Image courtesy of Atropa Choi '24
In Punahou’s ongoing Net Zero Project, the school is coming together to achieve 100% on-campus renewable energy.
Net Zero, in broad terms, refers to the state of equal amounts of carbon dioxide being emitted and removed. It is part of the greater climate action taking place around the world. It can either be achieved through removing carbon dioxide from the atmosphere – or, in Punahou’s case, reducing and eventually eliminating emission of carbon dioxide through renewable energy production.
Road to Green Energy
Mr. Sunny Donenfeld, VP and treasurer of Punahou School, says that Energy Conservation Measures (ECMs) will help the school reach its goal.
The most important ECM by far is the installation of solar panels, which is ongoing. In addition, Tesla batteries were built on campus to store any extra energy produced.
“So let’s say the sun rises at 6, and students don’t really show up until 7:30. There’s not much electricity being used, we’re storing energy.” This is due to variable electricity rates, which mean the price of electricity is determined by fluctuating market prices: electricity may be more expensive in certain times of the day than others. When the price goes up, Punahou can use the stored electricity. “So we’re not only saving energy, … we’re also saving money for the school. So it’s actually kind of a clever project.” said Mr. Donenfeld.
The second most pressing ECM is installing LEDs in place of the current light fixtures. LED lights are brighter, last longer, and are more environment friendly. They are known to produce light up to 90% more efficiently than traditional incandescent lights.
Another ECM is increasing the classroom temperature set point to 78°F (about 25.6°C) from the current 72°F (about 22.2°C). Punahou is also upgrading outdated chiller units with newer models which are more efficient and environment-friendly.
“I don’t know if you’ve ever gone into a room and it’s freezing. I certainly have, and … no one should be freezing! You know if you’re freezing it’s wasting energy.” exclaimed Mr. Donenfeld.
In the Academy, this means looking at the infrastructure and airflow of certain buildings. Newer parts of the campus, like Kosasa, were designed with built-in fans, while some older buildings have no fans at all. Even if it is the same increase in temperature, the change would feel more uncomfortable in the latter.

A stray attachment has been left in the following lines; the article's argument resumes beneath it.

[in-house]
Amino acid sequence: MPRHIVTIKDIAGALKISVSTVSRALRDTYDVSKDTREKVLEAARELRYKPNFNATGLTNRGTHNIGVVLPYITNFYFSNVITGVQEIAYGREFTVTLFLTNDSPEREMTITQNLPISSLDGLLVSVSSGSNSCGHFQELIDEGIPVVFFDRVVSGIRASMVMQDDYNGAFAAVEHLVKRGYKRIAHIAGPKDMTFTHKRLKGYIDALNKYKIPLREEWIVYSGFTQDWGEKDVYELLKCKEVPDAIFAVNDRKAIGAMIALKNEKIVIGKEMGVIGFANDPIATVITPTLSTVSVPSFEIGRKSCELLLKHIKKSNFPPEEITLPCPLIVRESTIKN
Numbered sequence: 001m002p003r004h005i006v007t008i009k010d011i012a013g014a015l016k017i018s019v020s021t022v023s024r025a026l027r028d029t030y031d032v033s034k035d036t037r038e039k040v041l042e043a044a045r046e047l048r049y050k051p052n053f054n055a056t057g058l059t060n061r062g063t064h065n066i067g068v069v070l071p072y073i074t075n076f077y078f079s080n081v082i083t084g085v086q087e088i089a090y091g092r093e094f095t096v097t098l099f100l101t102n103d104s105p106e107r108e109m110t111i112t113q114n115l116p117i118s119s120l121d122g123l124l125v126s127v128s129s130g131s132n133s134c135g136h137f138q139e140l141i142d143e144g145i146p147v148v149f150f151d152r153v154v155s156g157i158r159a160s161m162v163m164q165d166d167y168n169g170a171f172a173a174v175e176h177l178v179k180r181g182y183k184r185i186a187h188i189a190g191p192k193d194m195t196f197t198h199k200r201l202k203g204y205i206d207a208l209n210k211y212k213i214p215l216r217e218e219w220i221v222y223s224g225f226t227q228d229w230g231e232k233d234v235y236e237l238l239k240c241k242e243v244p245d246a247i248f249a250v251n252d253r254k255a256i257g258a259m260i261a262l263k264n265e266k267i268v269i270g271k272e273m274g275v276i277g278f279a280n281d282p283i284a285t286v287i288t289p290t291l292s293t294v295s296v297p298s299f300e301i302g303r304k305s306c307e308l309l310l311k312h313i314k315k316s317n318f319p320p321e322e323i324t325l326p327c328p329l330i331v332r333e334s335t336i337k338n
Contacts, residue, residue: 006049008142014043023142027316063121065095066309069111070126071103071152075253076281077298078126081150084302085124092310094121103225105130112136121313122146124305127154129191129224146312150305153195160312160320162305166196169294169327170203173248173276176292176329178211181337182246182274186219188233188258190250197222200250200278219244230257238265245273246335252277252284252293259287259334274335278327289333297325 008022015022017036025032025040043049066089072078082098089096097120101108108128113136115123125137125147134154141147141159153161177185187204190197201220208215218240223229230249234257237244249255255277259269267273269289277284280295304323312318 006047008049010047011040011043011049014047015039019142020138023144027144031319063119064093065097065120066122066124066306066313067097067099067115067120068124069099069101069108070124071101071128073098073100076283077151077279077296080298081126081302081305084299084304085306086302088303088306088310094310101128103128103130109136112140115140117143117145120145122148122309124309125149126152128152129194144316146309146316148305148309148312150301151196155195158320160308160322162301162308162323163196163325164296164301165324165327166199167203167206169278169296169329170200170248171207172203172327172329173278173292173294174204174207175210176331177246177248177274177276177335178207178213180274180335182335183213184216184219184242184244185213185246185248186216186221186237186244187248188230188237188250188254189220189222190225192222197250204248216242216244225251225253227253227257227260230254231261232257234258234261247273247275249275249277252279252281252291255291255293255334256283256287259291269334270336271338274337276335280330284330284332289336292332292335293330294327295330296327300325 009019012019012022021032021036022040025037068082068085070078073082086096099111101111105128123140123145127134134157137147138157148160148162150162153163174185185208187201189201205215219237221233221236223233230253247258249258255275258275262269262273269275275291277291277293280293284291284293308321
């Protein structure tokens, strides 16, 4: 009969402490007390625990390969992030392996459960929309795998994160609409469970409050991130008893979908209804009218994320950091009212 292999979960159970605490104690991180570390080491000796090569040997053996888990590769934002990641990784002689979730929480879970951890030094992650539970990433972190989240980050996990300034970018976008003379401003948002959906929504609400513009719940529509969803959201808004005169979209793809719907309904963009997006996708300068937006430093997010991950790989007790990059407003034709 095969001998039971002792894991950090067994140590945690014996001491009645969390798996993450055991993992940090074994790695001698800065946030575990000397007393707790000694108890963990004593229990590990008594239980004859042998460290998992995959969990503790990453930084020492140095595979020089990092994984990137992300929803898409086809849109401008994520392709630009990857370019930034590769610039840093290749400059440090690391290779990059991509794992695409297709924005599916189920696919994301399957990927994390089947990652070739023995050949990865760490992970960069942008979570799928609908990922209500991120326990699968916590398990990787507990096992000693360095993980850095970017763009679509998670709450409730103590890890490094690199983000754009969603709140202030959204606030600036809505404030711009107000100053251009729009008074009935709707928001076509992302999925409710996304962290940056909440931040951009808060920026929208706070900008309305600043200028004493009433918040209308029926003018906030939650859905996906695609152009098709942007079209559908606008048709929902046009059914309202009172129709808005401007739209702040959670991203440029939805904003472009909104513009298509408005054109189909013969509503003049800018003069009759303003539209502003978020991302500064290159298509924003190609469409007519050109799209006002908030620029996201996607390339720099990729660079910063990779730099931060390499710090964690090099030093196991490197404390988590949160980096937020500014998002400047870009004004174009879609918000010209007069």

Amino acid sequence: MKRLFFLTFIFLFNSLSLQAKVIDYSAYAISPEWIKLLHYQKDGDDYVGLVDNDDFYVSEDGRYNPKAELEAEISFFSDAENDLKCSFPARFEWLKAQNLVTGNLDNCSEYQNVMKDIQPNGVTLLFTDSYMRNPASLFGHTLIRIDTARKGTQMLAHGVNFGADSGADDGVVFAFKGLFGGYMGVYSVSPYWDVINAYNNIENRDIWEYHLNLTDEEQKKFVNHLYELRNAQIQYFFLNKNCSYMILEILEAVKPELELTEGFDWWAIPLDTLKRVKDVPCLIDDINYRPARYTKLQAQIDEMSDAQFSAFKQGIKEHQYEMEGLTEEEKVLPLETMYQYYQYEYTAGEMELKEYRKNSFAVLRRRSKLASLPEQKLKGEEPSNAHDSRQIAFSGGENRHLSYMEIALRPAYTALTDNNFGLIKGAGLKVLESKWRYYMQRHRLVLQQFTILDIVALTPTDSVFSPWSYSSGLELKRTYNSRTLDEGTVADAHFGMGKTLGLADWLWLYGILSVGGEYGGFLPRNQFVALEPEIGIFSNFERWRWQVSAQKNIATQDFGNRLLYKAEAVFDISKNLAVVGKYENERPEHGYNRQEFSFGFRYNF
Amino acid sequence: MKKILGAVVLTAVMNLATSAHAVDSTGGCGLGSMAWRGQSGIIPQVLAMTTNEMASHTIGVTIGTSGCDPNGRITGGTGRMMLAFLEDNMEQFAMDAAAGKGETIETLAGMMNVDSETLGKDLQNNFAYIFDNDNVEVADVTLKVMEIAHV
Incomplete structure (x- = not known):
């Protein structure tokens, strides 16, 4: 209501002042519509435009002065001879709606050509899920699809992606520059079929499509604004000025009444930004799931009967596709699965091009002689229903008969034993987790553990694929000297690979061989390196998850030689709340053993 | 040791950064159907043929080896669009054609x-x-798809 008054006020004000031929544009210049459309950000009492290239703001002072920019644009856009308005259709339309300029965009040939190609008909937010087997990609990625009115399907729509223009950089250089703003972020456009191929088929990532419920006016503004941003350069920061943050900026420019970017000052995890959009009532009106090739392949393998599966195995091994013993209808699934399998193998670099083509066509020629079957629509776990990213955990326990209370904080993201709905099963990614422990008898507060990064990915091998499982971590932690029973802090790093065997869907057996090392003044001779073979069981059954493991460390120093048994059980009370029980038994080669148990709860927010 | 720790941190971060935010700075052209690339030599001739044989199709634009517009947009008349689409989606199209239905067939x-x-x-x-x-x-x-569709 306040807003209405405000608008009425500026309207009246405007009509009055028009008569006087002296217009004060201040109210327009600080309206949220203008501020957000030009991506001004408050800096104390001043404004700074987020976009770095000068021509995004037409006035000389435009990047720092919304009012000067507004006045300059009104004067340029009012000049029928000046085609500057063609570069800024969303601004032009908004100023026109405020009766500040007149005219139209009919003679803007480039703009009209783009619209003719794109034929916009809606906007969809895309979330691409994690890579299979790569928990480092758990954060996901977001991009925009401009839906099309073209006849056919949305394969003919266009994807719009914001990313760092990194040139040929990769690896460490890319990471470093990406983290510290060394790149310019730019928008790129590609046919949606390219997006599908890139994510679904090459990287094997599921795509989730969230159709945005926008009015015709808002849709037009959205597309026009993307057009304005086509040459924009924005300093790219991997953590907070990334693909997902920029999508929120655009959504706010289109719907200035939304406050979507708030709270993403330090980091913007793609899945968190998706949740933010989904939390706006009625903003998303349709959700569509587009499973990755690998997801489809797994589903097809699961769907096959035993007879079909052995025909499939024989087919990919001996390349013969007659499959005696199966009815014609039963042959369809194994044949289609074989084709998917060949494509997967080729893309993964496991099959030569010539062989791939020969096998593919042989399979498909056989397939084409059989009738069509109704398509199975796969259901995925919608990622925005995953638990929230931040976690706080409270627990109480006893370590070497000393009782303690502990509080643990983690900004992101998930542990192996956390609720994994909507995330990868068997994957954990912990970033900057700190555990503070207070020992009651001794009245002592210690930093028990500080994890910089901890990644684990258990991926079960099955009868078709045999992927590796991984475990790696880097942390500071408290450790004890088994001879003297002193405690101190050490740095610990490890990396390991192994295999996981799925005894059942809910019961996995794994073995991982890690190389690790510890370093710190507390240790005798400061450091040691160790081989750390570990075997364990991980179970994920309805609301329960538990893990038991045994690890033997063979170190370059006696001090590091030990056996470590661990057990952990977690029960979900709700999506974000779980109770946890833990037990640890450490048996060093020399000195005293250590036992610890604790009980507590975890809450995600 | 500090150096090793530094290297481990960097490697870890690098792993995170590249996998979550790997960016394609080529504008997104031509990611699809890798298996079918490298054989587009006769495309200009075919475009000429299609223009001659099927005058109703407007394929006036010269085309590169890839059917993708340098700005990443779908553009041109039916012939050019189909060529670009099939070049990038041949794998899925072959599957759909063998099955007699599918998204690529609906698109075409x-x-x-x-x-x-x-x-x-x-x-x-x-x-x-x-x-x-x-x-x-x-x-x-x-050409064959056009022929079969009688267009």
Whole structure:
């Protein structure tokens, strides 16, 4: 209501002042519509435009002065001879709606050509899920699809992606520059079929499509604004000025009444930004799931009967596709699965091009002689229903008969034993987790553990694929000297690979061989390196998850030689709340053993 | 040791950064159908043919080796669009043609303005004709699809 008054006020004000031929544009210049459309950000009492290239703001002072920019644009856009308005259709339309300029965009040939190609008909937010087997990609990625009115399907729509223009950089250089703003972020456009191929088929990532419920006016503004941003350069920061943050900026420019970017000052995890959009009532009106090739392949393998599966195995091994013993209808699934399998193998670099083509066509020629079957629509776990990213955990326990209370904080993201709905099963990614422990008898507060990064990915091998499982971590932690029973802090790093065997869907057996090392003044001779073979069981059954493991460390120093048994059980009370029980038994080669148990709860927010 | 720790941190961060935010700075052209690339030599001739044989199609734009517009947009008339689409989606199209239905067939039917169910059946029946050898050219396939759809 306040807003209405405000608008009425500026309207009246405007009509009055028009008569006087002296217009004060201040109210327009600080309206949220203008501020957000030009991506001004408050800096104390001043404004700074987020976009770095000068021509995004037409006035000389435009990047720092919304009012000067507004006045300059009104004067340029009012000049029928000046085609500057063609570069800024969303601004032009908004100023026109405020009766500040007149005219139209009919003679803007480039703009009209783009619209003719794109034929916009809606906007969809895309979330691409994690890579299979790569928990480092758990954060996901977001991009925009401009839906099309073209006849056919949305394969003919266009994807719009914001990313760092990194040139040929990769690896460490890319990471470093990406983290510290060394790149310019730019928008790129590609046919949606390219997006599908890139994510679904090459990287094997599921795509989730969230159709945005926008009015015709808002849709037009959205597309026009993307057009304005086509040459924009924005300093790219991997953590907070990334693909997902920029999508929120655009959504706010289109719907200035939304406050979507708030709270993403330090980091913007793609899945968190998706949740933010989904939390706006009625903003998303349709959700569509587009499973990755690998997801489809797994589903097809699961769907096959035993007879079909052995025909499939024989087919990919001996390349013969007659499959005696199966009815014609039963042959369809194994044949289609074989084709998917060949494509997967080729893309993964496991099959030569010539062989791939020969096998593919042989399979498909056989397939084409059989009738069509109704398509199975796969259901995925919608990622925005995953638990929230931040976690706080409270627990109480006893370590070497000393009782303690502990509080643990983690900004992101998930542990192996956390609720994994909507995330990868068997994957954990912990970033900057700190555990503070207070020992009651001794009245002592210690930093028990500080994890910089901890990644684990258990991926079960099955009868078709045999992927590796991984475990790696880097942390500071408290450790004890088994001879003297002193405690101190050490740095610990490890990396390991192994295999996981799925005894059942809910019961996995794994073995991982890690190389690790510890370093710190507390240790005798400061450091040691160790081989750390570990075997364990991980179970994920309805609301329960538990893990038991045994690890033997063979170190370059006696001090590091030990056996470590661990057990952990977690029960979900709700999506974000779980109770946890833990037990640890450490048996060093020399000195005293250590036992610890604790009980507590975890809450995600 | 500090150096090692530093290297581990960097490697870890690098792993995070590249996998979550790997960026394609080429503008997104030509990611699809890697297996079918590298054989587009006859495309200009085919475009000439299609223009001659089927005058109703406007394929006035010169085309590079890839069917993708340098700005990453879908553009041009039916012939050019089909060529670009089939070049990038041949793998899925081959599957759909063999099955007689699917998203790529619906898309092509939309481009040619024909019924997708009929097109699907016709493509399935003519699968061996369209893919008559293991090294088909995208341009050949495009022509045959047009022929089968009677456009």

COVID-19 and Net Zero
The coronavirus pandemic has been a major challenge to the project. During early stages of in-person learning, the doors to many classrooms were left open to prevent the transmission of the virus through surface contact. This meant that the air conditioners could not function as effectively as when the windows and doors were closed. However, with greater understanding of the virus, the project is returning to plan.
“Now that so many people are vaccinated, now that we know that transmission really happens face-to-face, without masks, we’re getting back on track in terms of energy savings.” explained Mr. Donenfeld.
Another concern was the amount of waste generated at the cafeteria. When you order lunch or buy snacks from the snack bar, the food you receive often comes in plastic containers and with utensils made of non-renewable materials.
“That’s something we really have to look at. Can we do more farm-to-table, with food?”
The Human Factor
Mr. Donenfeld points out that the project requires “human willingness to change.”
“I would say, the most important factor going forward is just going to be behaviors.” Even small actions, like turning off the lights and shutting off faucets when they’re not in use, can help the community reach the goal.
Some ECMs may have little direct and immediate impact on students and staff. However, this is not the case for changes like default temperature increase. People can easily feel the effects of change in temperature, even if it is by a small amount. A foreseeable challenge is that different people can have different preferences when it comes to temperature. A study even claims that sex may play a role in what temperature a person can be more productive in, with women performing better at higher temperatures.
“And so, how do you find that ideal point where people say, ‘ok, we’re not wasting energy, and we can all be productive?’ … The behavioral aspects and that people are different is going to be a small challenge, but every day we’re going to get a little bit further in terms of saving energy, and hopefully together we can all make it happen.”
Where do Students fit in?
The net zero project may seem unrelated to the student body, but Mr. Donenfeld says it is far from it.
“I’ve worked in higher-ed for 25 years … in my experience, students push the administrations to do the things we ought to do. They are more in-tact with what’s new and what’s happening,” He said. The new generation is more sensitive to climate issues, and catalyzes change.
“We wouldn’t be funding a net zero project if there wasn’t an institutional will to invest.”
Mr. Donenfeld explains that currently, Punahou is a leader in terms of climate action. However, he stresses that, “what’s really important is that we don’t just assume … that we’re automatically gonna be considered the leader. I think we have to stay cutting-edge. It’s not automatic that our ideas are the best.” He says that it is necessary that the community stays vigilant and on the lookout for new ideas.
With each climate report more devastating than the last, reversing the damaging effects of the modern lifestyle seems impossible, especially under careless governments. When asked about the matter, Mr. Donenfeld answered, “It’s a funny question because I immediately think about voting. Do you think your vote will make a difference if you’re voting in an election?” If everyone believed their actions to be meaningless, there would be no change at all. By setting an example, Punahou could inspire others to take climate action.